ENG3U1-06 Desautels, R. April 17, 2013 Linda Zhong Nudity in Macbeth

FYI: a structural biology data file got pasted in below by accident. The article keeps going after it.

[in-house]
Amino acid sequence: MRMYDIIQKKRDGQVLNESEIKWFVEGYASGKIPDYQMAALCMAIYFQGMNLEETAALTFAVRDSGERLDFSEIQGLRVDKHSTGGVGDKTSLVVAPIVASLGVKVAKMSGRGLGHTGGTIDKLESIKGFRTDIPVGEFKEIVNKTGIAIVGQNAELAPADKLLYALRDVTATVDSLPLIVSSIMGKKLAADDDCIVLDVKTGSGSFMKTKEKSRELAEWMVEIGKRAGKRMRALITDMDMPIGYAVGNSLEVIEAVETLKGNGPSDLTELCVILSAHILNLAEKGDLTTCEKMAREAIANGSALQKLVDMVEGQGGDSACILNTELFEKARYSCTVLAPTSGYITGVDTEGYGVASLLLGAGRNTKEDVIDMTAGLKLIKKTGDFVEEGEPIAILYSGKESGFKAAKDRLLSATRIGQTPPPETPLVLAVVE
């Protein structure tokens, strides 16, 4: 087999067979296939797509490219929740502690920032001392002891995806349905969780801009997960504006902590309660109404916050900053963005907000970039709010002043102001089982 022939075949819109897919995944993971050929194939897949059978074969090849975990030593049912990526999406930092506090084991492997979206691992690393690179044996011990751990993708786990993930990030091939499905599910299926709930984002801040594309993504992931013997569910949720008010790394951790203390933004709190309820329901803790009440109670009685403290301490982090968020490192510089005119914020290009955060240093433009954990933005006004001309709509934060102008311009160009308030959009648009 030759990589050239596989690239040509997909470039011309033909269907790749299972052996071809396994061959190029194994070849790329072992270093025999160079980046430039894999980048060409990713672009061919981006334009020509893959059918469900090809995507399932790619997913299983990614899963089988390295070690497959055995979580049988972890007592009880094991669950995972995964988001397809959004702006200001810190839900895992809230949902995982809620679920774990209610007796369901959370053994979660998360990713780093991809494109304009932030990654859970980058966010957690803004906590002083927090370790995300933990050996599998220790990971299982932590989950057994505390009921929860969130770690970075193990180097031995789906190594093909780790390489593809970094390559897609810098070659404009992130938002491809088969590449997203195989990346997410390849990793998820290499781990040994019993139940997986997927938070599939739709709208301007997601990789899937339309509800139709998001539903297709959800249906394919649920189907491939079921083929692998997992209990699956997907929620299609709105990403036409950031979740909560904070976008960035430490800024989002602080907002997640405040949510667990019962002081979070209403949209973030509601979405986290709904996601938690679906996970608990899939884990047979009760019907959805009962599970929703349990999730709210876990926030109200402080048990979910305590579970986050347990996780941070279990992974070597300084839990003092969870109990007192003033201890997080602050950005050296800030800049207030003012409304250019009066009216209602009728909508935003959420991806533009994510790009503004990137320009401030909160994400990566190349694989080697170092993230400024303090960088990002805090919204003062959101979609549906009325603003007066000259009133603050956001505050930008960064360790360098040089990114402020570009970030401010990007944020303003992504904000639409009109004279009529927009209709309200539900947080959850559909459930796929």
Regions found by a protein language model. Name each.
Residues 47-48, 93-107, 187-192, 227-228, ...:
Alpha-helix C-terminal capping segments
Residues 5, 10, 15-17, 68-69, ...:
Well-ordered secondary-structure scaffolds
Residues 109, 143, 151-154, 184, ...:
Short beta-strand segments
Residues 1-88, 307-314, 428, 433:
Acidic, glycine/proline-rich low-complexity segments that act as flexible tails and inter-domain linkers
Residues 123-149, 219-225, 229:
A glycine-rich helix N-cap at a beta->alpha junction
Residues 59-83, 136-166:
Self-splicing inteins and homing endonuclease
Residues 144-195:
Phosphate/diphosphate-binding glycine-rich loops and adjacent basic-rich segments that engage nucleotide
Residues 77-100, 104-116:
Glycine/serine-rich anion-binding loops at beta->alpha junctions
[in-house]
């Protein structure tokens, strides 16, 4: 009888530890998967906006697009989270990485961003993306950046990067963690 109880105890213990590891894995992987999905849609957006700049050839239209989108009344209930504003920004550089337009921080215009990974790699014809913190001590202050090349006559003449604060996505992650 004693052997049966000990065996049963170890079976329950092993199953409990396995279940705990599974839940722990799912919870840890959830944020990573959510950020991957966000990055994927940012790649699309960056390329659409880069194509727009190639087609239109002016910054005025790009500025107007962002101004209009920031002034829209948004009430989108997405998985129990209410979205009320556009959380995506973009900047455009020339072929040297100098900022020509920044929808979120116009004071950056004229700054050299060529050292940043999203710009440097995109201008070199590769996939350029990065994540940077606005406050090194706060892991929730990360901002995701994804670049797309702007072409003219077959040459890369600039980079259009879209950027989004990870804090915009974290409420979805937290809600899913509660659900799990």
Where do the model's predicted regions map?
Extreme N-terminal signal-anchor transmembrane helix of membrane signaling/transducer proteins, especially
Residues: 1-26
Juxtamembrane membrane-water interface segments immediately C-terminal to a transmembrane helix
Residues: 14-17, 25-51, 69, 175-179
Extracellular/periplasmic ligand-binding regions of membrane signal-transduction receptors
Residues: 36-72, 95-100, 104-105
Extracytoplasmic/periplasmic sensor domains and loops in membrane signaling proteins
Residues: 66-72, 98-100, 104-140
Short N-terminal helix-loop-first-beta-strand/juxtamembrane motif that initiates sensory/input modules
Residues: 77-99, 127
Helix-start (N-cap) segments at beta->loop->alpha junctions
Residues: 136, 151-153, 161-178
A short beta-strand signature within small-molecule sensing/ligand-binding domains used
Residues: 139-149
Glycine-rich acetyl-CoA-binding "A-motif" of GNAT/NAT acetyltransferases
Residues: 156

The Tragedy of Macbeth is Roman Polanski’s adaptation of Shakespeare’s Macbeth, which interpreted audaciously regarding to the presence of naked bodies. In the film, Polanski’s choice to show full nudity absent from the play received mixed criticism reviews from the old society. Some found the film’s graphic nudity vulgar and superficial, but after pondering deeply over this theme of nudity; an undiscovered profound meaning in the ambiguous original text became clear. In the film Macbeth, nudity represents people who are vulnerable, bold and not alert, honest. The additional film scenes of nakedness dramatically emphasize the weakness of human beings, show the fearlessness of revealing one’s true identity, and enhance the indestructible honesty which hides inside Lady Macbeth. In Scotland where treason and wars often happen, even when there is no suspected danger around them, people who are vulnerable have to keep them geared up, otherwise, they might exposed to danger. The film version of Macbeths opens with the scene of murder of Macduff’s family with a picture of Macduff’s young son stands in raw in front of his mother taking a bath. In the viewers’ eyes, Macduff’s son symbolizes a youthful, cute and innocent victim who could not flee from Macbeth’s cruelty. The banter between him and his mother gives the viewers a break from the previous violent scene, but also helps to enhance the horrific climax. Women’s scream is used to hint to the audience of the hateful scene that is happening next. Macduff’s son has not done anything wrong, has no secrets to hide and does not even wearing clothes to hind his private parts. Such reading implies that this naked boy is not defensive; and his true...
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